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Author Amy K. Hall
Published on 07/08/2019
Bioethics

What Does the Bible Have to Say about Abortion?

Amy shares God’s view of unborn children, how we are to supposed to treat them, and then offers encouragement to those facing unplanned pregnancies. 


Transcript

To talk about abortion in the Bible, first we have to talk about what the Bible says about human beings. Genesis says we were made in the image of God. And since we were made in the image of God, we have immeasurable value. Because of this value, one of the big Ten Commandments tells us we are not allowed to take the lives of innocent human beings without proper justification. In fact, you're commanded to love your neighbor as yourself. And as Jesus explains, every human being is our neighbor.

How does this relate to abortion?

Well, since human parents create human children, your baby that's developing inside of you is a human being right now. One of the places where we see this in the Bible is when Mary finds out she's pregnant with Jesus and goes to see her cousin, Elizabeth. Elizabeth was six months pregnant with John the Baptist, and the Bible says John leaped in Elizabeth's womb for joy because he was in the presence of Jesus. Both of these developing children were valuable human beings, even in the womb.

So since our unborn children are part of the human family, the Bible's prohibition against killing innocent human beings applies as much to them as it does to any born human being. We learn even more about what God thinks about abortion when we look at the Bible's big picture of what He cares about. The Old Testament law reveals God's great concern for protecting the weak and the vulnerable. And when we see God punish nations for their sin over and over, He sites shedding of innocent blood as a key reason for their punishment, especially the practice of killing their own children as sacrifices to other Gods.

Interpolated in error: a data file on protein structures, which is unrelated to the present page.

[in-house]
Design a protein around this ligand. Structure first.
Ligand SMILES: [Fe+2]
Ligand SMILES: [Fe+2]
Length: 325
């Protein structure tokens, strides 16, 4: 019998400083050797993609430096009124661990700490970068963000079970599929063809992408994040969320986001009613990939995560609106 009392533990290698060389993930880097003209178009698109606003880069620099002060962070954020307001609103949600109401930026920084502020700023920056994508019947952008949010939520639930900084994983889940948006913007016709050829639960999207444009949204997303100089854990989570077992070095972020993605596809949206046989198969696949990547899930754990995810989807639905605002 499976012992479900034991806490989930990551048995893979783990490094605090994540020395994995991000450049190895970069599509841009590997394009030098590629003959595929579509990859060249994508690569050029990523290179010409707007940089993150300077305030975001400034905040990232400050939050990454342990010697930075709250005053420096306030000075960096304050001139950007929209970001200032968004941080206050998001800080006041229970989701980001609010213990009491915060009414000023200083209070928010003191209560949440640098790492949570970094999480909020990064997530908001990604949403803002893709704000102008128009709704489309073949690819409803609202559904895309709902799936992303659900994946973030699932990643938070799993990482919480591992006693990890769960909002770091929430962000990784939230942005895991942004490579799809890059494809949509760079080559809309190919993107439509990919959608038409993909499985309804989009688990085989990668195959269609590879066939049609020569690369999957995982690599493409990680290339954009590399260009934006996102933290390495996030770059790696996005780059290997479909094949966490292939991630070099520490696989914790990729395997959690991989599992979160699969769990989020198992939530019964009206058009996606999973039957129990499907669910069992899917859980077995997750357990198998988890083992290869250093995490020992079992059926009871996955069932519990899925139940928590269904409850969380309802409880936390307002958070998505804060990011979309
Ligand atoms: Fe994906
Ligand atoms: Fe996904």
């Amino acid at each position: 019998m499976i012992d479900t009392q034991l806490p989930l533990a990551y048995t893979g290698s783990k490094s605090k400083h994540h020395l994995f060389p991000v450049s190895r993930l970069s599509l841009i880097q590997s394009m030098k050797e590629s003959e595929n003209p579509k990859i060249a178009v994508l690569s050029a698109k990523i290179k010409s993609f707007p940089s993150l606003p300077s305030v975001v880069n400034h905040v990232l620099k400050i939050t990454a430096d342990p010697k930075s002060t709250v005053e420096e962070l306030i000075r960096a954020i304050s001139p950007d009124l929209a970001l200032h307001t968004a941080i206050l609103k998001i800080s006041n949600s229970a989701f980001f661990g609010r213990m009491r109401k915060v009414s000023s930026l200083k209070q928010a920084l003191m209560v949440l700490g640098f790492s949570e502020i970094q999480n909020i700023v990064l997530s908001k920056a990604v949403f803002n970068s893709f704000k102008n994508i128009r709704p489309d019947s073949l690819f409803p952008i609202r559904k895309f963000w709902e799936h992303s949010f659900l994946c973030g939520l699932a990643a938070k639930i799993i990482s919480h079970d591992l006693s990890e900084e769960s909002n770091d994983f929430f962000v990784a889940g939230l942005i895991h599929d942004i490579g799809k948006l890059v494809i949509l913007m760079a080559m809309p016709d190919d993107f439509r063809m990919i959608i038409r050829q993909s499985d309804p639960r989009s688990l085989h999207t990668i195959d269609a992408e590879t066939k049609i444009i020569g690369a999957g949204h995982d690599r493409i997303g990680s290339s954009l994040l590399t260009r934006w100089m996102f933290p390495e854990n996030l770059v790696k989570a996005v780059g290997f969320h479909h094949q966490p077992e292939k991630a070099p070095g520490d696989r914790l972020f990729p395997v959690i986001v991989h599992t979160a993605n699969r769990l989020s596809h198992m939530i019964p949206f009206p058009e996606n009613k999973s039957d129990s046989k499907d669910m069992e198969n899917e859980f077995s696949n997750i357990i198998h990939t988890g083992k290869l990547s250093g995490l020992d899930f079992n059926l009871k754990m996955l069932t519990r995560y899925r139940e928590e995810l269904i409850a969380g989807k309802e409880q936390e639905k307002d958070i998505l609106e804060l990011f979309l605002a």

Jesus said, "As I have loved you, so you must love one another." And how did He love us? Philippians 2 says that rather than holding on to His own comfort, He came to live a difficult life on earth to suffer and even die for us. And in the same way it says, we're to regard one another as more important than ourselves, putting others' needs ahead of our own comfort.

And Jesus says that, ironically, that kind of giving up of our lives is how we find true life. We will experience unexpected suffering when we follow Jesus. But Paul says in Philippians 4 that we can live with contentment in any situation because we can do all things through Him who strengthens us. He will be there for you in this.

Sometimes it looks like obedience will take us down a difficult path. But we see in the Bible that the path of disobedience and regret is always much harder in the long run. The two greatest commandments were revealed to us or our good and our joy. Love the Lord your God and love your neighbor as yourself, especially your unborn neighbor who's been entrusted to you by God to care for and protect.